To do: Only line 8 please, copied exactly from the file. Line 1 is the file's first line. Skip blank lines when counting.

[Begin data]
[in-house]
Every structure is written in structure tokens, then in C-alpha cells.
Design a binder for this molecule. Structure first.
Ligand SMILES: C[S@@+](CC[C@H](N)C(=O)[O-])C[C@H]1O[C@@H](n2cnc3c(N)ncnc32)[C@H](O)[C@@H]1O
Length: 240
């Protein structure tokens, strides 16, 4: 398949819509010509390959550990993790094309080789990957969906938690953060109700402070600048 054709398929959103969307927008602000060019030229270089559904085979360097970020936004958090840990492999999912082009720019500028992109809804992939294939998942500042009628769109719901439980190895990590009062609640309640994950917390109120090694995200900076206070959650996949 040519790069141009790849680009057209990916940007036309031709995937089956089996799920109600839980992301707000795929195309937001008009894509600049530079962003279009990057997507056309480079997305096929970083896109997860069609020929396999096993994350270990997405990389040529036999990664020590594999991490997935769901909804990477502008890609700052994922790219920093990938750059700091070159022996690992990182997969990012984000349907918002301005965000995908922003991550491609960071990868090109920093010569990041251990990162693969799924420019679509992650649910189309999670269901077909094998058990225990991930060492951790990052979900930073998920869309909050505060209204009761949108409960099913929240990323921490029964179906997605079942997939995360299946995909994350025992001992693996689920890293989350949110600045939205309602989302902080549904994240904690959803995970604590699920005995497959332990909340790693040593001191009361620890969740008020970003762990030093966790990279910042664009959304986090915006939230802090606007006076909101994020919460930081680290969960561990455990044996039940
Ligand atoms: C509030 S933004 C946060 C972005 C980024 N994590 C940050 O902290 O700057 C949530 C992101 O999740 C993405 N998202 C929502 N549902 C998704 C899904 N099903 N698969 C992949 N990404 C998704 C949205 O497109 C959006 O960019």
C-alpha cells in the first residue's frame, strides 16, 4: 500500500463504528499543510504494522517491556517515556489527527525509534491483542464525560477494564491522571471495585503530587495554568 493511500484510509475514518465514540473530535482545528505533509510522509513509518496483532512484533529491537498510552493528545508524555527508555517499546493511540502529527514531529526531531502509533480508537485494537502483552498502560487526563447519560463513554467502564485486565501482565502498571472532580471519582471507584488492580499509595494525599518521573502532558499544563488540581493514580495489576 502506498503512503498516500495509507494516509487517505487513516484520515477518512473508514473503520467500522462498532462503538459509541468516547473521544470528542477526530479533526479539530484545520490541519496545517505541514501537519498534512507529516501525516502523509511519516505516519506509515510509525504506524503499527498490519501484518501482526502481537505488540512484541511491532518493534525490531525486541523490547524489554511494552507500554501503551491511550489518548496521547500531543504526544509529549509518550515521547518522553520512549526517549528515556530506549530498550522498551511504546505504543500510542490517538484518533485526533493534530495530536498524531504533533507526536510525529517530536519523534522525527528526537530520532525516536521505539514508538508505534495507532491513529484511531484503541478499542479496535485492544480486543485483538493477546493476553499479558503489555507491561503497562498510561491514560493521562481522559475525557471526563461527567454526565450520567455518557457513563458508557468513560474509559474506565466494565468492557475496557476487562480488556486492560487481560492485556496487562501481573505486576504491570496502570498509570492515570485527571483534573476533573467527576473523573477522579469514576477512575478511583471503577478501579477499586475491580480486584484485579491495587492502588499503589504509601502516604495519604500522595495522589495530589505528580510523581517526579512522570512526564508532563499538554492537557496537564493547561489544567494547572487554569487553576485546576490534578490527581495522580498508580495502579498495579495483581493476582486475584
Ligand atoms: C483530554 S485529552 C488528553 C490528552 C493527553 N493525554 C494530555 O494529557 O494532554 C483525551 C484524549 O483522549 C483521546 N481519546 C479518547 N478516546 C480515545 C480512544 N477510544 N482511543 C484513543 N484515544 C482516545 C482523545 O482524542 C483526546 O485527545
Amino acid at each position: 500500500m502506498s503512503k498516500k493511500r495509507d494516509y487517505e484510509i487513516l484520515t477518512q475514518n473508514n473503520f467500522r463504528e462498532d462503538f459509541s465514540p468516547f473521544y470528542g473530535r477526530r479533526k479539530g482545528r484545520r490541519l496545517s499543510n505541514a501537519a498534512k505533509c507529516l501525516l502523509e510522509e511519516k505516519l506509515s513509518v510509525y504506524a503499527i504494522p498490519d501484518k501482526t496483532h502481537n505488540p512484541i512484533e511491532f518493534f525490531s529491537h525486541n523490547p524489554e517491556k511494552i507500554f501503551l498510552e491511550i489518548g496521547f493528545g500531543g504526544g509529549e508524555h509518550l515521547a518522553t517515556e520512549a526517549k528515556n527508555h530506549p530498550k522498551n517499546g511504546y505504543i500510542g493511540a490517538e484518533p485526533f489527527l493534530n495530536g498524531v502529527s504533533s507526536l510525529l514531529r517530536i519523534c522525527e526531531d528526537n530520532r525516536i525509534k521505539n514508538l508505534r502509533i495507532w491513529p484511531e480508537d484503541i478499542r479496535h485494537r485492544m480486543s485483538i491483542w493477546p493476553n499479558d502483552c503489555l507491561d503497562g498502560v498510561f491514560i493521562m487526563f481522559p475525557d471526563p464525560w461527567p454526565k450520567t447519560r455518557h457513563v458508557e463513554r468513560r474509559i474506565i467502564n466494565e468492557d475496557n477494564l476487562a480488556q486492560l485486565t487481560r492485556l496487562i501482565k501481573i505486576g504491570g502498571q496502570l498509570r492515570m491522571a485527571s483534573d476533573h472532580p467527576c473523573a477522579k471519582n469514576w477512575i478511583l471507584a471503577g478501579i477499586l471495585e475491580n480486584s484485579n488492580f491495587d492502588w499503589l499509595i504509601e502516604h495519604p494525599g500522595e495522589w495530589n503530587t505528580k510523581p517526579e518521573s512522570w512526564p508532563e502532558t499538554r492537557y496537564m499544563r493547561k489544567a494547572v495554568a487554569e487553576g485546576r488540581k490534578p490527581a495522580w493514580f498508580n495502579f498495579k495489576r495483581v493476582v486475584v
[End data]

C-alpha cells in the first residue's frame, strides 16, 4: 500500500463504528499543510504494522517491556517515556489527527525509534491483542464525560477494564491522571471495585503530587495554568 493511500484510509475514518465514540473530535482545528505533509510522509513509518496483532512484533529491537498510552493528545508524555527508555517499546493511540502529527514531529526531531502509533480508537485494537502483552498502560487526563447519560463513554467502564485486565501482565502498571472532580471519582471507584488492580499509595494525599518521573502532558499544563488540581493514580495489576 502506498503512503498516500495509507494516509487517505487513516484520515477518512473508514473503520467500522462498532462503538459509541468516547473521544470528542477526530479533526479539530484545520490541519496545517505541514501537519498534512507529516501525516502523509511519516505516519506509515510509525504506524503499527498490519501484518501482526502481537505488540512484541511491532518493534525490531525486541523490547524489554511494552507500554501503551491511550489518548496521547500531543504526544509529549509518550515521547518522553520512549526517549528515556530506549530498550522498551511504546505504543500510542490517538484518533485526533493534530495530536498524531504533533507526536510525529517530536519523534522525527528526537530520532525516536521505539514508538508505534495507532491513529484511531484503541478499542479496535485492544480486543485483538493477546493476553499479558503489555507491561503497562498510561491514560493521562481522559475525557471526563461527567454526565450520567455518557457513563458508557468513560474509559474506565466494565468492557475496557476487562480488556486492560487481560492485556496487562501481573505486576504491570496502570498509570492515570485527571483534573476533573467527576473523573477522579469514576477512575478511583471503577478501579477499586475491580480486584484485579491495587492502588499503589504509601502516604495519604500522595495522589495530589505528580510523581517526579512522570512526564508532563499538554492537557496537564493547561489544567494547572487554569487553576485546576490534578490527581495522580498508580495502579498495579495483581493476582486475584